How I became a… metaverse pioneer

Daniel Corazzi, founder and CEO of virtual reality platform eyeora, began his journey to the metaverse from his recording studio, where he was spurred to modernise and improve the tools available

These days it seems impossible to get away from the concept of the metaverse, but how many people understand what it is or the potential it has to transform modern life and business? One, for certain, is Daniel Corazzi, metaverse pioneer, founder and CEO of eyeora. The social VR platform allows creators of all kinds (from art to music to film and beyond) to share their work across any virtual reality platform in the metaverse. 

Which, when it comes to securing investment, is no easy sell. Particularly given that the term ’metaverse’ has really only been around since 2021

“I was very, very early in the game,” says Corazzi. “I was one of those crazy people that sat in front of corporates 10 years ago and said, ‘One day, we’re going to be putting this virtual reality hardware on our faces and transporting ourselves to new, different experiences.’ And they’d all look at me very strangely.” 

Exploring possibilities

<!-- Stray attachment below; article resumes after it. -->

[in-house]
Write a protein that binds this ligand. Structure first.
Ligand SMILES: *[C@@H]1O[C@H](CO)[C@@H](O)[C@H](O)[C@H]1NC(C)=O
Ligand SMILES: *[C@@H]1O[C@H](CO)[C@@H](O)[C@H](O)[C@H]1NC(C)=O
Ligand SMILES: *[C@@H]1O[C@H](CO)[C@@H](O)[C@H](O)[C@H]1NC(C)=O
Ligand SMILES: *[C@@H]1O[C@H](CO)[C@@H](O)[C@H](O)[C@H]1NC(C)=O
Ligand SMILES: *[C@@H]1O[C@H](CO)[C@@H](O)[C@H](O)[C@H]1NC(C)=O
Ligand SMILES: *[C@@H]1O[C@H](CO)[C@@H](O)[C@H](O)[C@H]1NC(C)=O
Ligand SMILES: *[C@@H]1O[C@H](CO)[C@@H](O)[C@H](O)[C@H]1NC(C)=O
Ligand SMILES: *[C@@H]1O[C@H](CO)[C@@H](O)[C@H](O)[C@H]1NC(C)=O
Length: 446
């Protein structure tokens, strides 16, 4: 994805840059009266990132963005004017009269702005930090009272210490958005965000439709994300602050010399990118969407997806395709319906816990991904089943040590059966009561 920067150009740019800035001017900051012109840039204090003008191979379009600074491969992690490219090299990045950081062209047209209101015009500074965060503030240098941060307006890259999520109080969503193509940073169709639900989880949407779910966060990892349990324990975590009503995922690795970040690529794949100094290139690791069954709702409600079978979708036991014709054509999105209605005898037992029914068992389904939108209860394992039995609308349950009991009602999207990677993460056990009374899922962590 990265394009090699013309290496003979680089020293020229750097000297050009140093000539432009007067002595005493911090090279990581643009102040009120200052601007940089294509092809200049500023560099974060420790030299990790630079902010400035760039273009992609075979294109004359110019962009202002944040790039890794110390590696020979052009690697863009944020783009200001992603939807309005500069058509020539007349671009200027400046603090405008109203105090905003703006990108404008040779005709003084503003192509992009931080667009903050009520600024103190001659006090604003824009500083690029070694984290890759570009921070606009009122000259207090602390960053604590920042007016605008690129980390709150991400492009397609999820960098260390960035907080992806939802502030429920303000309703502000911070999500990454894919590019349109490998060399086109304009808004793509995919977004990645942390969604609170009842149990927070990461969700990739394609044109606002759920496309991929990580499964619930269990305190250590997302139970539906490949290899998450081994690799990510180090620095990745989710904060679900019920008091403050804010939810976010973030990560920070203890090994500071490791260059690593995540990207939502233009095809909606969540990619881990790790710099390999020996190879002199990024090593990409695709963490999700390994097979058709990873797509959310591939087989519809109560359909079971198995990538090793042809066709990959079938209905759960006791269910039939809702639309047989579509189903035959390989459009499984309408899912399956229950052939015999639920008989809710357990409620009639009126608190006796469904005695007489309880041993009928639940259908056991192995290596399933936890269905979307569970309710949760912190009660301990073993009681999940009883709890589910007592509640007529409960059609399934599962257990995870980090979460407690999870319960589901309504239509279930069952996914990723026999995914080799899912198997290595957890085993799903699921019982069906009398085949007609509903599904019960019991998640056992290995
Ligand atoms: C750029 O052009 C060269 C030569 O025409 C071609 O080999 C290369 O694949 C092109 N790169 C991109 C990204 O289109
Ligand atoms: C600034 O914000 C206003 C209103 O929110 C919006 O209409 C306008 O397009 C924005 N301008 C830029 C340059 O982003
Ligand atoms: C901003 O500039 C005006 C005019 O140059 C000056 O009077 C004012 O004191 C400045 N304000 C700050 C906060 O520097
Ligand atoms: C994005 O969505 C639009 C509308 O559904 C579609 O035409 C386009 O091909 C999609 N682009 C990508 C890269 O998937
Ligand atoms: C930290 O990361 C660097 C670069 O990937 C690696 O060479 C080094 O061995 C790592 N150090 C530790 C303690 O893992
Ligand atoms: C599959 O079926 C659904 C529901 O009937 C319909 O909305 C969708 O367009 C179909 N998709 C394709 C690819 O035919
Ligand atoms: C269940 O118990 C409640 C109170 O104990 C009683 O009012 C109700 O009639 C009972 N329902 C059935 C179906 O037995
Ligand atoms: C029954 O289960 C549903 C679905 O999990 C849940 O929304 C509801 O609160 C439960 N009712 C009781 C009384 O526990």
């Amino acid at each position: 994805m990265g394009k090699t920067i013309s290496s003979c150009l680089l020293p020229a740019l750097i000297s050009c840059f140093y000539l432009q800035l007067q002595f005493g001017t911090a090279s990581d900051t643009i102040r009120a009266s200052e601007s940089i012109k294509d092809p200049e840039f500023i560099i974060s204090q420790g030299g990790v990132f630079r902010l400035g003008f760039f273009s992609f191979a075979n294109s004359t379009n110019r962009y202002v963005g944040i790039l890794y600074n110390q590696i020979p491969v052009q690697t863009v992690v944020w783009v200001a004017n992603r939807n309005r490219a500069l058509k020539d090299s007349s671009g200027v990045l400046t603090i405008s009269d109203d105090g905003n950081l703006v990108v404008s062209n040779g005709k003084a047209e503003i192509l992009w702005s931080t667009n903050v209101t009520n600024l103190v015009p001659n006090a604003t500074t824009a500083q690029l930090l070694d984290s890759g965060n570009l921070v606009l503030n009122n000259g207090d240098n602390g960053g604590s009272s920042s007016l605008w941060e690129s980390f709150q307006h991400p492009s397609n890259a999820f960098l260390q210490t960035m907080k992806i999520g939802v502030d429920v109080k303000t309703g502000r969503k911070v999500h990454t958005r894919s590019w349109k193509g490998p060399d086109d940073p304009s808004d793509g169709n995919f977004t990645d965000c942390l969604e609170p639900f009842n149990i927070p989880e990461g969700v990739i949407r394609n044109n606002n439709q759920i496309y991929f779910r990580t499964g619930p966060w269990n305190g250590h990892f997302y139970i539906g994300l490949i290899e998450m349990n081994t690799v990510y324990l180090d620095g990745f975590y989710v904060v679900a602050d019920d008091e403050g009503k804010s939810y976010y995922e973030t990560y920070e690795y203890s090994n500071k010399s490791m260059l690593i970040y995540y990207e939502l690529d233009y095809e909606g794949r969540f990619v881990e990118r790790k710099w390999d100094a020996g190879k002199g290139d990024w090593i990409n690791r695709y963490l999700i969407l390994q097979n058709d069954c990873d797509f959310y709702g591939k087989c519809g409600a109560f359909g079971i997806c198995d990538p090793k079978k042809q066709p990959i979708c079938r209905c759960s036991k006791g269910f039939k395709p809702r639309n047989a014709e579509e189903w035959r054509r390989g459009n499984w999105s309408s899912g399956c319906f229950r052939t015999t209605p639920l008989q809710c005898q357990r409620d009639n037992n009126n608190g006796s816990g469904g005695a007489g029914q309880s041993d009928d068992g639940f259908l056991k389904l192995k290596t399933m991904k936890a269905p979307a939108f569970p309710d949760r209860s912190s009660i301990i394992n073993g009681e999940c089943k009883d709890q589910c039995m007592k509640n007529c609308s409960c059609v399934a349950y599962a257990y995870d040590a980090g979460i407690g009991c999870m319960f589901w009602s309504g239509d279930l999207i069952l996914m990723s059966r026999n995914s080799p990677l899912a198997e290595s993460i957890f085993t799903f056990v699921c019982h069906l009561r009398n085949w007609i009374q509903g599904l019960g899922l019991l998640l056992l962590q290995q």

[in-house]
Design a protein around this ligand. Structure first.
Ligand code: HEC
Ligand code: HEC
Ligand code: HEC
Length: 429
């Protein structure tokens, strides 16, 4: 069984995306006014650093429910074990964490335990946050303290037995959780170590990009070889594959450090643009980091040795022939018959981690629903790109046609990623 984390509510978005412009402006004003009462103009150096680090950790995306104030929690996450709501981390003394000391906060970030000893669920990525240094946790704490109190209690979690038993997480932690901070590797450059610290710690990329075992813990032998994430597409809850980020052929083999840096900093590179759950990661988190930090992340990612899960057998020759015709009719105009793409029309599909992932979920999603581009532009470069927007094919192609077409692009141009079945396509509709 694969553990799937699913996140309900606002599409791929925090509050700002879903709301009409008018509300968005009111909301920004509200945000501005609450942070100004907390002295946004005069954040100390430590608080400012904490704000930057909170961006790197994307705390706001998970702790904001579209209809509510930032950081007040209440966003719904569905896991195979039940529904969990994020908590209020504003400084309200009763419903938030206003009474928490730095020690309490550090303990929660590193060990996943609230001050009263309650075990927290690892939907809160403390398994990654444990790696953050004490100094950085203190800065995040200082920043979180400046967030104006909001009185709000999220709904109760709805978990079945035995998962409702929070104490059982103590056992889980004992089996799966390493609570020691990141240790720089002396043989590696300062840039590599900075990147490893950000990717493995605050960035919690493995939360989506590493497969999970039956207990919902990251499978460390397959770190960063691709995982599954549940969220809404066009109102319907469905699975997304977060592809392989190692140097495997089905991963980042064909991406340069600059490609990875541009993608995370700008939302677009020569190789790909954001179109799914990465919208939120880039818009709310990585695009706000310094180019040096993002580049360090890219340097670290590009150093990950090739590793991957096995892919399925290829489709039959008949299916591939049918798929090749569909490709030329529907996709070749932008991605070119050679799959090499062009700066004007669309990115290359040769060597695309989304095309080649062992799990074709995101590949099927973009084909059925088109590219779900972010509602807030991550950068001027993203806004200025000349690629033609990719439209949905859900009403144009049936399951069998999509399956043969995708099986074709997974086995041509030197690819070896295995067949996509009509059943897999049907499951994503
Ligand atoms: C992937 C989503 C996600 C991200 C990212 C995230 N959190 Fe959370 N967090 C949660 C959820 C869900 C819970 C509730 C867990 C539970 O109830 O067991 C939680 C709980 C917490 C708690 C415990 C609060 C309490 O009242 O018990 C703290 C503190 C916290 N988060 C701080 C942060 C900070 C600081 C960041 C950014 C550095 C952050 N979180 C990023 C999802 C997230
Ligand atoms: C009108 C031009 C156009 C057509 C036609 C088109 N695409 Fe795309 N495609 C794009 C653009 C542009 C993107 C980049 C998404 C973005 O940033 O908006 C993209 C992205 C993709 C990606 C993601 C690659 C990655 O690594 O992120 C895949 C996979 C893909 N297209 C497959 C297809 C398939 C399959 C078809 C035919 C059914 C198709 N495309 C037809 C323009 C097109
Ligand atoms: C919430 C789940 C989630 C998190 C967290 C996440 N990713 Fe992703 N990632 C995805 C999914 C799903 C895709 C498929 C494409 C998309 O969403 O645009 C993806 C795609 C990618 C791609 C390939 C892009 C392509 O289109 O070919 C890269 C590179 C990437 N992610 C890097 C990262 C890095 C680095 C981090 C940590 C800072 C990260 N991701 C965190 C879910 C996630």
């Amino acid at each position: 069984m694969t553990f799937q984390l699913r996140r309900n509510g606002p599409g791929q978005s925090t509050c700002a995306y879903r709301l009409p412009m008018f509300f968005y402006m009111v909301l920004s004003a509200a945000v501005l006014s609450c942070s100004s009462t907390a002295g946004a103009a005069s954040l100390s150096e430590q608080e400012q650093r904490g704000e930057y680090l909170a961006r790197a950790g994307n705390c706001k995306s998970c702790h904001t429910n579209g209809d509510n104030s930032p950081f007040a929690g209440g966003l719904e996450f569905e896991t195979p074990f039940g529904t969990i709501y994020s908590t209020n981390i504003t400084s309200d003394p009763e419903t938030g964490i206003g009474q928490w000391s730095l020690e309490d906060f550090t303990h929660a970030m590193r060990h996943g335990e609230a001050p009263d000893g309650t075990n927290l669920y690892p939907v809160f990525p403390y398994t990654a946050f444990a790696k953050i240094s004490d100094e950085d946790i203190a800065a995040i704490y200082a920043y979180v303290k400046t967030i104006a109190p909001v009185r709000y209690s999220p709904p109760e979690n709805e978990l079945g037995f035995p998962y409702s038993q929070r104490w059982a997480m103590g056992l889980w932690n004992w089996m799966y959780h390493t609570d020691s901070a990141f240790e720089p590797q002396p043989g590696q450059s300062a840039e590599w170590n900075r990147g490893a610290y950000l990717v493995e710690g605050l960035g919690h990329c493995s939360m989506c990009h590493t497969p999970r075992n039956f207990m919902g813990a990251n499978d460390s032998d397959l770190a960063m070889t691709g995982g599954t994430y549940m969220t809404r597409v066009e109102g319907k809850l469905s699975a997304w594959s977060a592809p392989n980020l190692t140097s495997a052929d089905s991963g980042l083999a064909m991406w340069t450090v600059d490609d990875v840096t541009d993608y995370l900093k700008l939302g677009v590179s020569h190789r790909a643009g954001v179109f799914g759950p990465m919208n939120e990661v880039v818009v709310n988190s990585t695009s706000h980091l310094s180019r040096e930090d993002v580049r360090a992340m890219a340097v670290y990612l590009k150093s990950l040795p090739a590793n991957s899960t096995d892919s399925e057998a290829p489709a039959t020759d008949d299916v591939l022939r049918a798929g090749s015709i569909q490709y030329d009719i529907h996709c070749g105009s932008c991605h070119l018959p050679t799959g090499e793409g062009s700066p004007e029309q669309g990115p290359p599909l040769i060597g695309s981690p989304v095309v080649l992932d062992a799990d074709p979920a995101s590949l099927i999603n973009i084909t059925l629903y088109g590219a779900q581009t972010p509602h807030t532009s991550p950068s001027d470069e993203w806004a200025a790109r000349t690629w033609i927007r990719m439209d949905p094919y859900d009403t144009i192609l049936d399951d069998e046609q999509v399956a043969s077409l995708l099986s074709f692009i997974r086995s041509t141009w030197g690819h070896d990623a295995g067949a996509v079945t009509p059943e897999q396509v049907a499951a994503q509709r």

Corazzi’s journey to the metaverse took many twists and turns. At school, his interests lay in media and entertainment with early dreams of working in the music business. He would go on to become a singer-songwriter and the frontman of a band before building his own recording studio and working as an audio engineer. 

It was at this point that his nascent interest in tech started to resurface. “When I was at school, technology wasn’t really at the forefront of anyone’s focus,” he says. “But then we saw the birth of the internet.” Both of Corazzi’s parents were entrepreneurs and his father was one of the first to bring in programming for businesses. “Helping my dad out in his business, I learnt about going from paper to digital. I saw that transition happening.”

It’s crucial to have that entrepreneurial spirit, to face challenges and create new concepts and strategies in an emerging market

Later on, while working with artists in his recording studio, he realised how time-consuming and manual a process creating music could be and started looking for ways to modernise it. “All I wanted to do as an entrepreneur and a developer is create tools that I never had.” He started to explore what was needed to be successful as an artist or a creator that did not currently exist and developed from there. “One thing led to another - and we went from broadcasting and streaming projects – which led us to the metaverse.” 

Almost entirely self-taught, Corazzi developed his engineering and software skills and started working on websites, applications and CRMs for other companies before he started running his own technology projects in his forties.